Moscow, Belgium is an impressive debut feature film, a love story, which is packed with drama and humour. Van Rompaey was born in 1970 and has worked in a variety of roles in the film industry since graduating from film school in Belgium. His diverse roles include working as a casting director, an assistant director, and first assistant director. Van Rompaey has previously directed a number of short films. However, his first love was music, which is what led him into the world of filmmaking. “Most of my colleagues have these spectacular stories about terrorising their family with cameras since being able to walk. I don’t have any of those. I was involved in music. I played in a few bands and I had a little studio at home. I wanted to continue studying to learn more about sound and music. The only place that you could do that in Belgium at the time was at film school — this is where I discovered images and that you could do something with those too.”
Van Rompaey ended up in the director’s department at film school, as they gave the most interesting classes on sound. His interest in film intensified during his years at film school, and he became interested in the role of director, a highly coveted position in the small Belgian film industry. “As soon as I found out what direction involved, I was immediately fascinated by it, but I couldn’t just become a director. In Belgium, it is a very small community and we need public funding to make films, because our market is so small, there isn’t a real industry. You have to start by making a short film, so they can see that you can do something, or know how to direct.”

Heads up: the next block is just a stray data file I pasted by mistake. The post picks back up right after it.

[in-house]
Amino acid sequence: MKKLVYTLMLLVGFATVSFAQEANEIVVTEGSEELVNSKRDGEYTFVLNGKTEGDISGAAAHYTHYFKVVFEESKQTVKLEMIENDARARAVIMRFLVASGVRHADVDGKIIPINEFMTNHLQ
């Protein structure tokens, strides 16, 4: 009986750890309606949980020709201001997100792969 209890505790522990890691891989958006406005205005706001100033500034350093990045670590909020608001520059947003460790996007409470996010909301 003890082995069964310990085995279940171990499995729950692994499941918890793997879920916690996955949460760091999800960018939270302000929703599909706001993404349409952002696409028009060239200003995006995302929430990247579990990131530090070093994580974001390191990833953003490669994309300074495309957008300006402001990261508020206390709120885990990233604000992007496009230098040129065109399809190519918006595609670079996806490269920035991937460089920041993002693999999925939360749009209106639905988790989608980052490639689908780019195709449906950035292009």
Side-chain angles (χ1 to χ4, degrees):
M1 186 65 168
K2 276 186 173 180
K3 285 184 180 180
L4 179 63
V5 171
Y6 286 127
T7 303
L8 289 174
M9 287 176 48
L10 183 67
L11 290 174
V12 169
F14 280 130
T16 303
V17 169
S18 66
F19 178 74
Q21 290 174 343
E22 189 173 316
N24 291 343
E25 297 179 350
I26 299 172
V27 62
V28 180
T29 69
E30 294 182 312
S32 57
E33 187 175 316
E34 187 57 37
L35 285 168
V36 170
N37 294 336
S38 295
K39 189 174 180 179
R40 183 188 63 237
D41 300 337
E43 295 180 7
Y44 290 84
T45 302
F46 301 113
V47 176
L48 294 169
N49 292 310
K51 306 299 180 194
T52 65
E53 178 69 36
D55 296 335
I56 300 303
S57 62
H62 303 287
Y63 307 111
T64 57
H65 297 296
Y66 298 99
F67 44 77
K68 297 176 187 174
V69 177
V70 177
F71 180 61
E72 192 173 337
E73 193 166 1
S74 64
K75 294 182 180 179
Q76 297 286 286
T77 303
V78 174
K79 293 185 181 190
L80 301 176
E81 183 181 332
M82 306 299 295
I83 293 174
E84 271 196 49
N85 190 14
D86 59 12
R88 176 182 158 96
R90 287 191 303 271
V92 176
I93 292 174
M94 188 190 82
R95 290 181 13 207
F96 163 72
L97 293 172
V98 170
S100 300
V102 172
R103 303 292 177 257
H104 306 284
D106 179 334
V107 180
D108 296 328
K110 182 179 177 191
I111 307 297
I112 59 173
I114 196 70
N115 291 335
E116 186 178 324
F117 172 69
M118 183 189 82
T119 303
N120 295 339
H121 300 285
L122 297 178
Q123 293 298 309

Moscow, Belgium is honest, realistic and natural in its portrayals of the lives of the characters. Matty’s life is described as being full of “dents and bruises.” It is a story that walks the line between light and dark, and examines the fragility of human emotions, and how those who claim to love you the most can hurt you with ease. This is what happens to Matty when Werner leaves her, instead of making a clean break and filing for a divorce, he keeps Matty hanging and constantly talks of leaving Gail and returning home. When Werner finds out about Johnny, he becomes extremely jealous and spiteful. “When filming, Moscow, Belgium, I thought the most interesting way to tell this story was from Matty’s point of view. This decision helped, as it is a low budget film, we could eliminate all the scenes from the script that Matty was not in and tell everything from her perspective. The viewer gets to experience the events with Matty. This transgresses from the classical mode of film, where you have two parallel stories.”